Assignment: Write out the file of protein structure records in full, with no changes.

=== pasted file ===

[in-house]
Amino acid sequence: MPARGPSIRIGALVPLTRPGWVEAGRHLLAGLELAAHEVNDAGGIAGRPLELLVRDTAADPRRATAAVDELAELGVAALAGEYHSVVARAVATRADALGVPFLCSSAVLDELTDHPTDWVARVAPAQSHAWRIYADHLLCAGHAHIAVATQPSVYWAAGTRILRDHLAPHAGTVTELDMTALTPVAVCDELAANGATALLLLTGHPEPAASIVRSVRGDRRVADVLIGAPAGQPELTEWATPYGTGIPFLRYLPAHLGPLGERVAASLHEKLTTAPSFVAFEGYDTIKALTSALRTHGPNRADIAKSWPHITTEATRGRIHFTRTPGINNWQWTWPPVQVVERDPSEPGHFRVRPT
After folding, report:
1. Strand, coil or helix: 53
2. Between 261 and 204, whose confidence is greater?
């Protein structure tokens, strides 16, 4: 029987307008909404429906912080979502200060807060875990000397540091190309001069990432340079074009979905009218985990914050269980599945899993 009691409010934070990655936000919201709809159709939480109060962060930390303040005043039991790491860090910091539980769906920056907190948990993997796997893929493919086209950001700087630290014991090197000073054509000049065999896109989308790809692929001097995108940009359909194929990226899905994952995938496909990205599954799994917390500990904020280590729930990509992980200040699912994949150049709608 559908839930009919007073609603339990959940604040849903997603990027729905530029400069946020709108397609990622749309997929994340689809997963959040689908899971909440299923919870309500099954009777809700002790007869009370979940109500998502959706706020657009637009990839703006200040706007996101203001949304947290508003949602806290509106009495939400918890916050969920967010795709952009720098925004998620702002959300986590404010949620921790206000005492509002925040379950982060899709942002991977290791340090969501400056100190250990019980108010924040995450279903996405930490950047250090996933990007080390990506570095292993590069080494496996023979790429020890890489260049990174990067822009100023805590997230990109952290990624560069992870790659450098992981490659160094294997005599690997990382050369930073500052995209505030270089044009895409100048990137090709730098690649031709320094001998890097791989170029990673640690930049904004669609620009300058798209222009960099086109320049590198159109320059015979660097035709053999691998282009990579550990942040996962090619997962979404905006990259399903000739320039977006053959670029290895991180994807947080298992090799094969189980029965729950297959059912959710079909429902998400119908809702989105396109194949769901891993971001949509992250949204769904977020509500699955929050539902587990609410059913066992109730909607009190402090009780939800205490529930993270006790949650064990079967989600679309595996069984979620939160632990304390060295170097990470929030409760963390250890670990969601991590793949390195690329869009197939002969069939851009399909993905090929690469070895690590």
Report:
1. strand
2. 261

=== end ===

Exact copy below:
[in-house]
Amino acid sequence: MPARGPSIRIGALVPLTRPGWVEAGRHLLAGLELAAHEVNDAGGIAGRPLELLVRDTAADPRRATAAVDELAELGVAALAGEYHSVVARAVATRADALGVPFLCSSAVLDELTDHPTDWVARVAPAQSHAWRIYADHLLCAGHAHIAVATQPSVYWAAGTRILRDHLAPHAGTVTELDMTALTPVAVCDELAANGATALLLLTGHPEPAASIVRSVRGDRRVADVLIGAPAGQPELTEWATPYGTGIPFLRYLPAHLGPLGERVAASLHEKLTTAPSFVAFEGYDTIKALTSALRTHGPNRADIAKSWPHITTEATRGRIHFTRTPGINNWQWTWPPVQVVERDPSEPGHFRVRPT
After folding, report:
1. Strand, coil or helix: 53
2. Between 261 and 204, whose confidence is greater?
């Protein structure tokens, strides 16, 4: 029987307008909404429906912080979502200060807060875990000397540091190309001069990432340079074009979905009218985990914050269980599945899993 009691409010934070990655936000919201709809159709939480109060962060930390303040005043039991790491860090910091539980769906920056907190948990993997796997893929493919086209950001700087630290014991090197000073054509000049065999896109989308790809692929001097995108940009359909194929990226899905994952995938496909990205599954799994917390500990904020280590729930990509992980200040699912994949150049709608 559908839930009919007073609603339990959940604040849903997603990027729905530029400069946020709108397609990622749309997929994340689809997963959040689908899971909440299923919870309500099954009777809700002790007869009370979940109500998502959706706020657009637009990839703006200040706007996101203001949304947290508003949602806290509106009495939400918890916050969920967010795709952009720098925004998620702002959300986590404010949620921790206000005492509002925040379950982060899709942002991977290791340090969501400056100190250990019980108010924040995450279903996405930490950047250090996933990007080390990506570095292993590069080494496996023979790429020890890489260049990174990067822009100023805590997230990109952290990624560069992870790659450098992981490659160094294997005599690997990382050369930073500052995209505030270089044009895409100048990137090709730098690649031709320094001998890097791989170029990673640690930049904004669609620009300058798209222009960099086109320049590198159109320059015979660097035709053999691998282009990579550990942040996962090619997962979404905006990259399903000739320039977006053959670029290895991180994807947080298992090799094969189980029965729950297959059912959710079909429902998400119908809702989105396109194949769901891993971001949509992250949204769904977020509500699955929050539902587990609410059913066992109730909607009190402090009780939800205490529930993270006790949650064990079967989600679309595996069984979620939160632990304390060295170097990470929030409760963390250890670990969601991590793949390195690329869009197939002969069939851009399909993905090929690469070895690590």
Report:
1. strand
2. 261